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Australia Felix

Australia Felix
Writer: Geoffrey Sykes
Director: Geoffrey Sykes
Richard Wherrett Studio
April 5 & 6 (2.30 & 7.30pm)

Australia Felix is an entertaining and thoughtful play. Writer Geoffrey Sykes has chosen the ideal story through which to probe our chequered history and the uncertainty of our future, the cast is very appealing in their various roles and have good voices, and Steve Wood’s songs are both catchy and purposeful.

The narrative is based on the remarkable life of runaway convict, George Clarke aka “The Flying Barber”, arrested for household theft in 1824. Clarke received a death sentence which was commuted to transportation for life. Eventually, after some credible and incredible adventures, 29-year-old Clarke was hanged in 1835 in Hobart and Australia Felix begins as if on the eve of his execution. The story is presented  by “John MacNamara’s  All-Australian Theatre”, a travelling theatre company, on an appropriately simple stage.

We are introduced initially to the five troubadours who play all the characters with whom George engaged in his eventful existence, and whose adventures are narrated in an episodic, stylised way. The whole is held together by Rick Butler’s excellent performance as MacNamara, and whose guitar acts as punctuation to each scene. He engages the audience through eye contact and almost draws them into the narrative physically by his movements towards them and then retreats to the middle stage. 

This same device is used by Kate Stewart as Elizabeth Harris, brought into the narrative to show that some free settlers were happy to farm small and to share their produce with Aboriginal peoples. Dressed in a warm rusty brown she moves down stage into audience space, giving the impression of generosity and trustfulness in a possible future where all tensions could be resolved.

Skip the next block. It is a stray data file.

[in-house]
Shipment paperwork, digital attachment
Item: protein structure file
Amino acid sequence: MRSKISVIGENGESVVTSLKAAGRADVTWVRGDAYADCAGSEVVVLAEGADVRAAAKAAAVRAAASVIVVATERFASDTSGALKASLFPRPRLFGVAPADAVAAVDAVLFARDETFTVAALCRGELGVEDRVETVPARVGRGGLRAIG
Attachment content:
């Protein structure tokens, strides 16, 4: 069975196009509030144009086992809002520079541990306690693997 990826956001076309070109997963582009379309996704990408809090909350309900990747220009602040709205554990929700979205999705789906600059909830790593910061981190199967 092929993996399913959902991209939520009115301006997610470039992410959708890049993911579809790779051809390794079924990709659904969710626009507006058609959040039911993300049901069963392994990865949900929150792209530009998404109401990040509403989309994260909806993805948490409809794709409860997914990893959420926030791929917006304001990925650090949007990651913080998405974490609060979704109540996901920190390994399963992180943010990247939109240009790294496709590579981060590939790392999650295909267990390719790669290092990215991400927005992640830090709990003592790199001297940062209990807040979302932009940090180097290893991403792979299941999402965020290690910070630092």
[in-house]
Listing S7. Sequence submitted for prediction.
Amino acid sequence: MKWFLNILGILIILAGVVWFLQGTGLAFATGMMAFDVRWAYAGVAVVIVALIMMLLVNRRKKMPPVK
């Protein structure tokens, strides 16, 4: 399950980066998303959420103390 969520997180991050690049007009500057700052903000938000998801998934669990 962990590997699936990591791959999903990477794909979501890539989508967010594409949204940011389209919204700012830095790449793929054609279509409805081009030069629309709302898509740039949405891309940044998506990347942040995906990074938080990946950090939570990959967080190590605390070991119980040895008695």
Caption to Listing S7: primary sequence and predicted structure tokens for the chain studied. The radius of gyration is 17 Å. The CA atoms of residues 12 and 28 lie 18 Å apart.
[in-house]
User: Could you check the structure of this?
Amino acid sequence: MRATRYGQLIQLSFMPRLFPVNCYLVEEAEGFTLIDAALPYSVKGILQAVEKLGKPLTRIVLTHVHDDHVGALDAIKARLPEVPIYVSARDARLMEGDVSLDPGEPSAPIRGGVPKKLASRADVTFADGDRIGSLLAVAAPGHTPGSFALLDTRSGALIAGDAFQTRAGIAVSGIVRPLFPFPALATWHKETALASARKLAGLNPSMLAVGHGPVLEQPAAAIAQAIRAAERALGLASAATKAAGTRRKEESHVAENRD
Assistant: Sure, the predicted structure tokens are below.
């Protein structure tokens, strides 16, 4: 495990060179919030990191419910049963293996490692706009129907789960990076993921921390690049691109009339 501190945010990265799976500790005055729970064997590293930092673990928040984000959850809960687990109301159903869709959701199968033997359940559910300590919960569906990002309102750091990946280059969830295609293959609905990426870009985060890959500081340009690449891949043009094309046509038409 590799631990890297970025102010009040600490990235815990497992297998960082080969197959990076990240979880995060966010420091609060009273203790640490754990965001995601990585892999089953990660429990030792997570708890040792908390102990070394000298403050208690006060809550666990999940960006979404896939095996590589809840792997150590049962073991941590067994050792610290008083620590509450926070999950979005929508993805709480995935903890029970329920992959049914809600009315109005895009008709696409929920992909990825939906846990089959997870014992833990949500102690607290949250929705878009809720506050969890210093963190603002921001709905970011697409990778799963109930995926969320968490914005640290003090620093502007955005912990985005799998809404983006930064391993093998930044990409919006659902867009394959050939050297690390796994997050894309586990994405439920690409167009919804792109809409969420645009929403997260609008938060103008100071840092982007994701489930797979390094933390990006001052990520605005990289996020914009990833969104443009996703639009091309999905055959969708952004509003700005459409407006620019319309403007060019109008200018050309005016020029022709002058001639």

In a direct contrast to Elizabeth’s philosophy, Clarke’s first master Benjamin Singleton (Freya Moore) is tight and controlled. He will forgive Clarke for absconding, living with Aboriginal tribes and cattle rustling while at liberty if Clarke will accompany him on an expedition inland. His “generosity” is motivated by greed for more land, illustrating the settlement’s push for more territory.

George Clarke’s knowledge of the interior is the crux of the story. Clarke as played by Mark Alexander is an ambiguous fellow, at once subservient and resistant, at once rough and reckless but also a visionary. Almost a slave, he would doff his cap to authorities if he had one but is ready to argue with the worldly Major Campbell (Tisha Kelemen) and Sir Thomas Mitchell (Butler), and his depiction of the mighty Kindur River running northwest into the inland to the coast in the far north is both ruse and an imaginative wonder.

When charged with cattle rustling Clarke haltingly (and logically) offers the defence that he was helping the tribes survive as pastoralists were progressively depriving them of their land. Alexander portrays well Clarke’s troubled state of mind when told the colonists feared him as an inciter of a black rebellion against white settlers.

As various figures of great authority Tisha Kelemen is impressively vindictive or superior, whether wearing a much becurled wig or a grey frog coat, and her voice is a great asset in the choral items. The songs, it must be said, are a high point of the production, ranging from rousing numbers to the heart-breaking “Do You Remember”. Appealing also are the clever reminders of well-known ballads such as “Botany Bay” and “The Wild Colonial Boy” nicely worked into the melodies.

In the 19th century fear dictated that injustice and death were meted out to the underprivileged in the disguise of the law. How different are we today when an honest appeal by the most underprivileged for a place in the lawmaking process is crushed by the same fear.

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